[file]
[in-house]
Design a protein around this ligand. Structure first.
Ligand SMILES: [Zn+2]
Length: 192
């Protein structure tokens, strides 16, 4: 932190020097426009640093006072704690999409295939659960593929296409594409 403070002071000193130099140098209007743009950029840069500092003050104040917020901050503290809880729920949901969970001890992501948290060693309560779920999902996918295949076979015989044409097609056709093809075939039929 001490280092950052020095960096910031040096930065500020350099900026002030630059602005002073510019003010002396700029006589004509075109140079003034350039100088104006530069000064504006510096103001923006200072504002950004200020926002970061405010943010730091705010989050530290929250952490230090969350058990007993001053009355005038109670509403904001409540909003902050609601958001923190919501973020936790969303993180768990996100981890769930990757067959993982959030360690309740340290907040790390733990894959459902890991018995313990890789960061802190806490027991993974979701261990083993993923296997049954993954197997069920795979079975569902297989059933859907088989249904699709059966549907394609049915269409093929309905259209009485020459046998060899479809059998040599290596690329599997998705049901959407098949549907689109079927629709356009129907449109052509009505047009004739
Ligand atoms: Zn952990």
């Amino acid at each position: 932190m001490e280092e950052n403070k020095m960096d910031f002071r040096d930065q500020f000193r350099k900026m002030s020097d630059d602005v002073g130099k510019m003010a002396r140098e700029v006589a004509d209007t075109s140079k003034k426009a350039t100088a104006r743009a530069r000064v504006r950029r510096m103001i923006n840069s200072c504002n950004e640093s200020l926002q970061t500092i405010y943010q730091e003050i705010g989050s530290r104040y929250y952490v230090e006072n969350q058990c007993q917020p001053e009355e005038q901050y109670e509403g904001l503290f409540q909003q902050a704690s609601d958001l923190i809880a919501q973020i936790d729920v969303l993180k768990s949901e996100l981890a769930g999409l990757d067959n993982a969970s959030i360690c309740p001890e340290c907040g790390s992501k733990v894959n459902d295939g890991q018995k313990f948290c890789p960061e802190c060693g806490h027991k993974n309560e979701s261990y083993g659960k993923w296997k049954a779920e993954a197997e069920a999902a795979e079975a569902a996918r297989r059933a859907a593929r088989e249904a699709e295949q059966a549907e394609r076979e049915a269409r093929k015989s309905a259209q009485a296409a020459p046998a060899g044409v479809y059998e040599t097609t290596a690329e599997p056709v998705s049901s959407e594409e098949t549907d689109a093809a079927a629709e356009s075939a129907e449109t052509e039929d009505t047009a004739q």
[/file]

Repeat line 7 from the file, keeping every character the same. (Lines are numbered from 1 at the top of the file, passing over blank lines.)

């Amino acid at each position: 932190m001490e280092e950052n403070k020095m960096d910031f002071r040096d930065q500020f000193r350099k900026m002030s020097d630059d602005v002073g130099k510019m003010a002396r140098e700029v006589a004509d209007t075109s140079k003034k426009a350039t100088a104006r743009a530069r000064v504006r950029r510096m103001i923006n840069s200072c504002n950004e640093s200020l926002q970061t500092i405010y943010q730091e003050i705010g989050s530290r104040y929250y952490v230090e006072n969350q058990c007993q917020p001053e009355e005038q901050y109670e509403g904001l503290f409540q909003q902050a704690s609601d958001l923190i809880a919501q973020i936790d729920v969303l993180k768990s949901e996100l981890a769930g999409l990757d067959n993982a969970s959030i360690c309740p001890e340290c907040g790390s992501k733990v894959n459902d295939g890991q018995k313990f948290c890789p960061e802190c060693g806490h027991k993974n309560e979701s261990y083993g659960k993923w296997k049954a779920e993954a197997e069920a999902a795979e079975a569902a996918r297989r059933a859907a593929r088989e249904a699709e295949q059966a549907e394609r076979e049915a269409r093929k015989s309905a259209q009485a296409a020459p046998a060899g044409v479809y059998e040599t097609t290596a690329e599997p056709v998705s049901s959407e594409e098949t549907d689109a093809a079927a629709e356009s075939a129907e449109t052509e039929d009505t047009a004739q």